Eric Ensley

Eric Ensley's picture
6th Year
Areas of Interest: 

book history; manuscript studies; print culture; librarianship; material theory; medieval studies; early modern studies

Dissertation Topic: 

Thomas Hoccleve’s Poetic Matter: Object, text, and the formulation of self

Advisors: Jessica Brantley, Alastair Minnis, Ardis Butterfield

B.A., Classics and History: Columbia University
M.S. in Library Science: University of North Carolina
M.A.: North Carolina State

Biography

I am a book historian who studies the intersections of matter, text, and identity. My dissertation argues that objects like books, seals, and coins served as powerful tools for constructing and doubting self in the late medieval and early modern period. Drawing upon medieval and modern critical and material theory, my research suggests that even in early periods, matter was seen as mutable and unstable, connoting stability and rupture. I have taught extensively in book history and literature, having designed and taught several times the course “What is a book?,” which questions the limits and qualities of what we mean when we talk about object and text.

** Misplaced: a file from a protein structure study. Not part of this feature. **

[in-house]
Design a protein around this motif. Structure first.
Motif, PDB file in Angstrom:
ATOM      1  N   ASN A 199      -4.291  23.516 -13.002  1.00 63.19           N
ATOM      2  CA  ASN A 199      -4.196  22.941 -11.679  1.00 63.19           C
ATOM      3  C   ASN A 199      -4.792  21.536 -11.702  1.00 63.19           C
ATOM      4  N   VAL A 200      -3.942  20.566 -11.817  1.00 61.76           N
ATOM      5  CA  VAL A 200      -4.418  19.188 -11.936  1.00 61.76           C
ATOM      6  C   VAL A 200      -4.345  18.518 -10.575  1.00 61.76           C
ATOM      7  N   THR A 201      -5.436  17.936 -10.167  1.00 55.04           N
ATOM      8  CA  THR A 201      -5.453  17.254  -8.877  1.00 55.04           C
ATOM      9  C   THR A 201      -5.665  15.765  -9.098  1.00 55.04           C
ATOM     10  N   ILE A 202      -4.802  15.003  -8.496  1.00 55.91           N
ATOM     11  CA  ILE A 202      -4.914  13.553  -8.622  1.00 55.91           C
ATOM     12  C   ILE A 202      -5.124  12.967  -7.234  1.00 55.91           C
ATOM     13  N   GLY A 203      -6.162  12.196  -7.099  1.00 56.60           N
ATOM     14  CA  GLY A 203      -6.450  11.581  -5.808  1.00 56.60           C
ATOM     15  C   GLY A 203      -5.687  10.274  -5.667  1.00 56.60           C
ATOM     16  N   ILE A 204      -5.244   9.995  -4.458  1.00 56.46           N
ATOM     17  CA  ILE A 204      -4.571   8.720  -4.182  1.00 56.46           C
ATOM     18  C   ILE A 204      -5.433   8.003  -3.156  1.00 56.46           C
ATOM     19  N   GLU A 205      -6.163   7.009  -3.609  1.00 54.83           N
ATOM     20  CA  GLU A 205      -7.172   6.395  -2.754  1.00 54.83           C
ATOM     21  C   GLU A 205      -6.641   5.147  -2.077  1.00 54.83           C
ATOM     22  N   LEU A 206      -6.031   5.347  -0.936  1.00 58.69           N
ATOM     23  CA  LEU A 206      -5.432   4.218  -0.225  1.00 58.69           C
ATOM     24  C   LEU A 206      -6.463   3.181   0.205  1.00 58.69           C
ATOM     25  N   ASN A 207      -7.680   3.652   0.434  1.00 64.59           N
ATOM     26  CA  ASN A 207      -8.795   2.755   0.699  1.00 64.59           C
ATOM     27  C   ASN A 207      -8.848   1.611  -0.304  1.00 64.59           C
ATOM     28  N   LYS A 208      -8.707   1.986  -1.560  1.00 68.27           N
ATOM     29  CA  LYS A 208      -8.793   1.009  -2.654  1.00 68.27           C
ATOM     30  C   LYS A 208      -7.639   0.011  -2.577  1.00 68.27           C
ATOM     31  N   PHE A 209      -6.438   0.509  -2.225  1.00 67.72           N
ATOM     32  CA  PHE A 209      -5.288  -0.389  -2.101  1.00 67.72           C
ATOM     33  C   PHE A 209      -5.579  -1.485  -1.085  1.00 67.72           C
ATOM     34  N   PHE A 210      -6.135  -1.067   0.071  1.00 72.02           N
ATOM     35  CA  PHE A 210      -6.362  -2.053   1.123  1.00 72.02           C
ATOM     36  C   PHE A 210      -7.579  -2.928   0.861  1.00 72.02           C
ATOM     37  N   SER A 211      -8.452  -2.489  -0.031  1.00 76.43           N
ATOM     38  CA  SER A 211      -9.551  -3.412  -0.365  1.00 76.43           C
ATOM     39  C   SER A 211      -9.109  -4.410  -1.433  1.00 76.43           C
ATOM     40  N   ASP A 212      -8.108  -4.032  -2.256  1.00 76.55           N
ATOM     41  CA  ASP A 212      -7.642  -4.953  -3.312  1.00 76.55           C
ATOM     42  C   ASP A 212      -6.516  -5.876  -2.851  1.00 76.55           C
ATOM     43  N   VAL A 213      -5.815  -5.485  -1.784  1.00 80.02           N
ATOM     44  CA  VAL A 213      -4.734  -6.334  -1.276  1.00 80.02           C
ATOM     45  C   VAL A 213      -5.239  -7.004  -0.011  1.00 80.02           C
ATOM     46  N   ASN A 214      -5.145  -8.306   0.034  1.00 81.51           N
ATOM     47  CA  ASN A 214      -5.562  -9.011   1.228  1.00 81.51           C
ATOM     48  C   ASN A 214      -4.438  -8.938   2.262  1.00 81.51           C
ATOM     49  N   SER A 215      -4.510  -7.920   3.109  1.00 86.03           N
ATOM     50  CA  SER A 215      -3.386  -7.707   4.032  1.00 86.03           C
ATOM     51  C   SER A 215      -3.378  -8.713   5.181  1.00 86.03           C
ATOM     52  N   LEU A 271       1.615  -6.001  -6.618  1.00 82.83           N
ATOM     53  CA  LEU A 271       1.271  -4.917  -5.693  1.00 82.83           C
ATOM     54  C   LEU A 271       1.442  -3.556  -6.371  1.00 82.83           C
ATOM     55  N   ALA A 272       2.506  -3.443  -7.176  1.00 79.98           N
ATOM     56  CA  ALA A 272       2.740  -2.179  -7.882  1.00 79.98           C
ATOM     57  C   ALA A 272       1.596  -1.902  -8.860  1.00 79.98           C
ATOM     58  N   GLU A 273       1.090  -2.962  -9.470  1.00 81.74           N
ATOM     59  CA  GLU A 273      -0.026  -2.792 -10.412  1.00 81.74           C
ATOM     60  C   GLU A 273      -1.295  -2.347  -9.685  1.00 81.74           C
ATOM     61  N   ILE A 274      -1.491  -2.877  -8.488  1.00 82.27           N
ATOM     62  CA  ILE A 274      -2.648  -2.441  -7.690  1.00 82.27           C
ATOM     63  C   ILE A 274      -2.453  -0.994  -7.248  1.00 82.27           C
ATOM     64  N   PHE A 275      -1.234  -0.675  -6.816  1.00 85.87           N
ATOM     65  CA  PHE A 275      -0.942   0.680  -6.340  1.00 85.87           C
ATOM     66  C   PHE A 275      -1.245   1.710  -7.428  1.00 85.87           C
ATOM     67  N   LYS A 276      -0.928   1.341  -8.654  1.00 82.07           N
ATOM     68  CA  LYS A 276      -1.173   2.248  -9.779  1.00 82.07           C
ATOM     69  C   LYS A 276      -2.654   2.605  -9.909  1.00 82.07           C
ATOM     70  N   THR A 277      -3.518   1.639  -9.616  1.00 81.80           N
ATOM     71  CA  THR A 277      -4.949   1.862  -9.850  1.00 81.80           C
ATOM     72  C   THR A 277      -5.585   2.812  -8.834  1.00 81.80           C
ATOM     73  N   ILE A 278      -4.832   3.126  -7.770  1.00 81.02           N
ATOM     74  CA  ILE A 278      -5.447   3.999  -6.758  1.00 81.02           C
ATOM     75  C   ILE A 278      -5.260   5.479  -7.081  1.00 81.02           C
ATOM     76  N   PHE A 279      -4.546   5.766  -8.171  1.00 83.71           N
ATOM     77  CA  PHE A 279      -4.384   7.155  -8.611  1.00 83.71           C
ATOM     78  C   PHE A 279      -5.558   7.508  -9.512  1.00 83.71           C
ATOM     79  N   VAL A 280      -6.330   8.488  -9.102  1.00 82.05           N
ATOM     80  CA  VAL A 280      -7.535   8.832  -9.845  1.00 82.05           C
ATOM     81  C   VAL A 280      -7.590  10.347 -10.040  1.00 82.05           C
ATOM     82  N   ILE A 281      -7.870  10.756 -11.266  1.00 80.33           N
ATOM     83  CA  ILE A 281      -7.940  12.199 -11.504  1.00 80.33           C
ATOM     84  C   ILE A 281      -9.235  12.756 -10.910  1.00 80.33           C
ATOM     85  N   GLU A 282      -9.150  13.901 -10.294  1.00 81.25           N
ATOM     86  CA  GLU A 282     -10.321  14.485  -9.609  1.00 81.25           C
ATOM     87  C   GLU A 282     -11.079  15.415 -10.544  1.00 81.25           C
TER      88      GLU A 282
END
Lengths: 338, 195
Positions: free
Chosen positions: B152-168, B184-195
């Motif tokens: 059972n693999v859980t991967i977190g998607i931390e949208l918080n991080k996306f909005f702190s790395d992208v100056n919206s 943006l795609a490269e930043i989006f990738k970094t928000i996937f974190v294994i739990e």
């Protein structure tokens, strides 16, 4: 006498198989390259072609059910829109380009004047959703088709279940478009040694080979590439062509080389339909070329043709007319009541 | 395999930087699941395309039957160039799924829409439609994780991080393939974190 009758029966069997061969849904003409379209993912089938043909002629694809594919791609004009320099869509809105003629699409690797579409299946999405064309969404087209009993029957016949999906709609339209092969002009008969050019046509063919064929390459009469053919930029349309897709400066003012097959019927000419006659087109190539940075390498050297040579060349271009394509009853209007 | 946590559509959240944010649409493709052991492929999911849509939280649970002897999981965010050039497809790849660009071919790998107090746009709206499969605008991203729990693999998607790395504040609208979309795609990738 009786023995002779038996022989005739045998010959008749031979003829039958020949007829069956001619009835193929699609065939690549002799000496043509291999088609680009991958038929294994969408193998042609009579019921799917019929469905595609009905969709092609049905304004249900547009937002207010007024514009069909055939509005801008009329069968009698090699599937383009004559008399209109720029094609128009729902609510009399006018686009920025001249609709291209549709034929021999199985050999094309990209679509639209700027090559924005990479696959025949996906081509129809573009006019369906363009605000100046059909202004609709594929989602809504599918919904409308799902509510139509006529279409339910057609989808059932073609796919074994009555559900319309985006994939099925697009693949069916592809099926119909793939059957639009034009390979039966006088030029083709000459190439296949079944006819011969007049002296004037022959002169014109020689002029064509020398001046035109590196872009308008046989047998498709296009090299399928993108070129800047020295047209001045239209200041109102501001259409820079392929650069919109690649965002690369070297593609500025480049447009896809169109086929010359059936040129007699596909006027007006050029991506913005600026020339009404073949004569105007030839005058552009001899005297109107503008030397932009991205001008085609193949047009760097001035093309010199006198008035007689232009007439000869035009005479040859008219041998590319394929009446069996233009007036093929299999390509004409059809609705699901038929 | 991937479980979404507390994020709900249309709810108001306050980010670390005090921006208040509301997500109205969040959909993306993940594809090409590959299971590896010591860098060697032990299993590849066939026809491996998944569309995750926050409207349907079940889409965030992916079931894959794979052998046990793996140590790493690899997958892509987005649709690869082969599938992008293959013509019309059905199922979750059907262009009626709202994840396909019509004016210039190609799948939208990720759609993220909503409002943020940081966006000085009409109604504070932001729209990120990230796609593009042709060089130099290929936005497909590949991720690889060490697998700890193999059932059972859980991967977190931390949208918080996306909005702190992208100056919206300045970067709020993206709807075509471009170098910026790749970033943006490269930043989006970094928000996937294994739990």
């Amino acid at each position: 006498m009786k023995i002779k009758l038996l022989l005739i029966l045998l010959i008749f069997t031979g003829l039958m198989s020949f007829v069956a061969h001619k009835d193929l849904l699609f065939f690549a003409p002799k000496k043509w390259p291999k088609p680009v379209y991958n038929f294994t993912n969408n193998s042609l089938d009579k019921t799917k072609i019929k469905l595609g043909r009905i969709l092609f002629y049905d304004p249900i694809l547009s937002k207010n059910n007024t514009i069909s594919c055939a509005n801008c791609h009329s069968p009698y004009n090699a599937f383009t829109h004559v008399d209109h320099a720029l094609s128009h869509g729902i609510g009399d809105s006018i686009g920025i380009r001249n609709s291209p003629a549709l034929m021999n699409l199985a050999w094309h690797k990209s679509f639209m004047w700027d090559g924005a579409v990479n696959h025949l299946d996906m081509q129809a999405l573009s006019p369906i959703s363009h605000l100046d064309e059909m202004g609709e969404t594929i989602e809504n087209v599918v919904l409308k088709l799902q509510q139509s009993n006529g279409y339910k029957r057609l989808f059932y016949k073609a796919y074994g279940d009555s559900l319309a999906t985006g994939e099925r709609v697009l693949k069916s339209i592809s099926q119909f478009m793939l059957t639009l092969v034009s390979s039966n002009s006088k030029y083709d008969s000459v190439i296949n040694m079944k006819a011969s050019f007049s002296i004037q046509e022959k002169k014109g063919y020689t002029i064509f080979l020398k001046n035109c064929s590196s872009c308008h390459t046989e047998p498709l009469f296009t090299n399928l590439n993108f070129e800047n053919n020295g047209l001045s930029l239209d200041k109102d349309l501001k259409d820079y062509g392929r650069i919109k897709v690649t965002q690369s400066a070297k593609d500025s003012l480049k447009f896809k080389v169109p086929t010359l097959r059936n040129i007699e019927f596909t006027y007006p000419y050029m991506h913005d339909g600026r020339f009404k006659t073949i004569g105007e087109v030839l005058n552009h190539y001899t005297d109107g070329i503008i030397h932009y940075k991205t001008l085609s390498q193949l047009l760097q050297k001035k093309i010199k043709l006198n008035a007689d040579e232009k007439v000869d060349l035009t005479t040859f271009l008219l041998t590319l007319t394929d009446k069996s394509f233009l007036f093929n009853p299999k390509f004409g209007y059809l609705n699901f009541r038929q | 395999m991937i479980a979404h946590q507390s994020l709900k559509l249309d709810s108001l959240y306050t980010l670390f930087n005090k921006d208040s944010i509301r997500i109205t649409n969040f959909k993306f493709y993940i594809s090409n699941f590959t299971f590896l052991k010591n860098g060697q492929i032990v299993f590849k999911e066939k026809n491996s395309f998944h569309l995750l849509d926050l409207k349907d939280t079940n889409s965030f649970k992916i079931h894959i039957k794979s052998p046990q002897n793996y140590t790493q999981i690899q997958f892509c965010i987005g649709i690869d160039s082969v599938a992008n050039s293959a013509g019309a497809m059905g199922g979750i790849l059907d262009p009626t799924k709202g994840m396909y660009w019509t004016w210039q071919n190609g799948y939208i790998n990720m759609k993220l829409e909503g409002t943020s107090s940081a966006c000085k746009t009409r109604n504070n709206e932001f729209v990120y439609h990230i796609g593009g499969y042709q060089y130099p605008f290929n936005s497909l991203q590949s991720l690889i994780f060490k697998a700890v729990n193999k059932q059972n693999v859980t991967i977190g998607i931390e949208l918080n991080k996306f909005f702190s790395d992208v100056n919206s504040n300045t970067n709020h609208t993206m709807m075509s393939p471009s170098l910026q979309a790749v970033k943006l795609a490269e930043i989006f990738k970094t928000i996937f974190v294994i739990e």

United with my dissertation work, I am actively interested in librarianship, particularly in increasing accessibility to and the visibility of rare materials. Together with Professor Ian Cornelius at Loyola University, Chicago, I am the editor of Beinecke Library, Takamiya MS 23, an early modern copy of Piers Plowman, that will appear in the Piers Plowman Electronic Archive. Likewise, I have worked extensively in the Beinecke Rare Book & Manuscript Library. I was a curator for the building-wide Making the Medieval English Manuscript exhibition in 2017, which celebrated the Beinecke’s acquisition of Toshi Takamiya’s medieval manuscripts with a conference and 150-item exhibition on the book in late medieval England (digital version: https://exhibits.library.yale.edu/exhibits/show/making-the-english-ms). I have also worked as a cataloger to describe, digitize, and increase accessibility to the library’s numerous medieval fragments.